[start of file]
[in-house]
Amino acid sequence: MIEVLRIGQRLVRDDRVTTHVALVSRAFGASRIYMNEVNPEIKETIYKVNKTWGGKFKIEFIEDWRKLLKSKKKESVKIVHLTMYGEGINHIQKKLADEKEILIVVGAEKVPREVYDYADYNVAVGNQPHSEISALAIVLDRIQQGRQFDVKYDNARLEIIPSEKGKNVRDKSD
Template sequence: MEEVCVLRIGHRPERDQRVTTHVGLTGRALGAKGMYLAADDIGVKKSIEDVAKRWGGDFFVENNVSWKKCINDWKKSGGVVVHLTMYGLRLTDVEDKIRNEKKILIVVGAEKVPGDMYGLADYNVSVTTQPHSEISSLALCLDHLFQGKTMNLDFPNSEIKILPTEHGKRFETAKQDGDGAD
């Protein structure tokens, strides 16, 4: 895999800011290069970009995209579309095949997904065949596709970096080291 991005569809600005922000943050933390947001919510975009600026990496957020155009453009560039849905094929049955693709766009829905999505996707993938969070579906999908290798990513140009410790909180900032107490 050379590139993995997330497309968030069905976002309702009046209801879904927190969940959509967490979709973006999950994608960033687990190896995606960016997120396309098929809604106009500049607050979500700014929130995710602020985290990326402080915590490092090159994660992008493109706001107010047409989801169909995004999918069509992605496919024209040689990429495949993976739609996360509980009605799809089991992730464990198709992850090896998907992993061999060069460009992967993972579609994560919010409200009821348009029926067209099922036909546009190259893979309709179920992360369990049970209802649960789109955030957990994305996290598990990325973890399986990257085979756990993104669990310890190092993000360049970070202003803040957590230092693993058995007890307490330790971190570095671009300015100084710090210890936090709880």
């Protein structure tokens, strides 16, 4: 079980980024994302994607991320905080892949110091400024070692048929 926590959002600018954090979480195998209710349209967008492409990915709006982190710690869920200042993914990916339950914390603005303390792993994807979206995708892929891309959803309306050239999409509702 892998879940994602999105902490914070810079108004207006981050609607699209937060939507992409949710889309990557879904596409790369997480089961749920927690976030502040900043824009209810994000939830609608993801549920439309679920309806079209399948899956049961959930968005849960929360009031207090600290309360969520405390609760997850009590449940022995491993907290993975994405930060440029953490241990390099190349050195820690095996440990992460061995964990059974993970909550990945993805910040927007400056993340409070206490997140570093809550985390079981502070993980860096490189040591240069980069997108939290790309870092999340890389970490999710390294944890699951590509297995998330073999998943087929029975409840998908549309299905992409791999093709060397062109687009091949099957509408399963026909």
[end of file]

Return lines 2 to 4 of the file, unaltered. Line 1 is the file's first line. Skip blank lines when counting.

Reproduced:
Amino acid sequence: MIEVLRIGQRLVRDDRVTTHVALVSRAFGASRIYMNEVNPEIKETIYKVNKTWGGKFKIEFIEDWRKLLKSKKKESVKIVHLTMYGEGINHIQKKLADEKEILIVVGAEKVPREVYDYADYNVAVGNQPHSEISALAIVLDRIQQGRQFDVKYDNARLEIIPSEKGKNVRDKSD
Template sequence: MEEVCVLRIGHRPERDQRVTTHVGLTGRALGAKGMYLAADDIGVKKSIEDVAKRWGGDFFVENNVSWKKCINDWKKSGGVVVHLTMYGLRLTDVEDKIRNEKKILIVVGAEKVPGDMYGLADYNVSVTTQPHSEISSLALCLDHLFQGKTMNLDFPNSEIKILPTEHGKRFETAKQDGDGAD
């Protein structure tokens, strides 16, 4: 895999800011290069970009995209579309095949997904065949596709970096080291 991005569809600005922000943050933390947001919510975009600026990496957020155009453009560039849905094929049955693709766009829905999505996707993938969070579906999908290798990513140009410790909180900032107490 050379590139993995997330497309968030069905976002309702009046209801879904927190969940959509967490979709973006999950994608960033687990190896995606960016997120396309098929809604106009500049607050979500700014929130995710602020985290990326402080915590490092090159994660992008493109706001107010047409989801169909995004999918069509992605496919024209040689990429495949993976739609996360509980009605799809089991992730464990198709992850090896998907992993061999060069460009992967993972579609994560919010409200009821348009029926067209099922036909546009190259893979309709179920992360369990049970209802649960789109955030957990994305996290598990990325973890399986990257085979756990993104669990310890190092993000360049970070202003803040957590230092693993058995007890307490330790971190570095671009300015100084710090210890936090709880």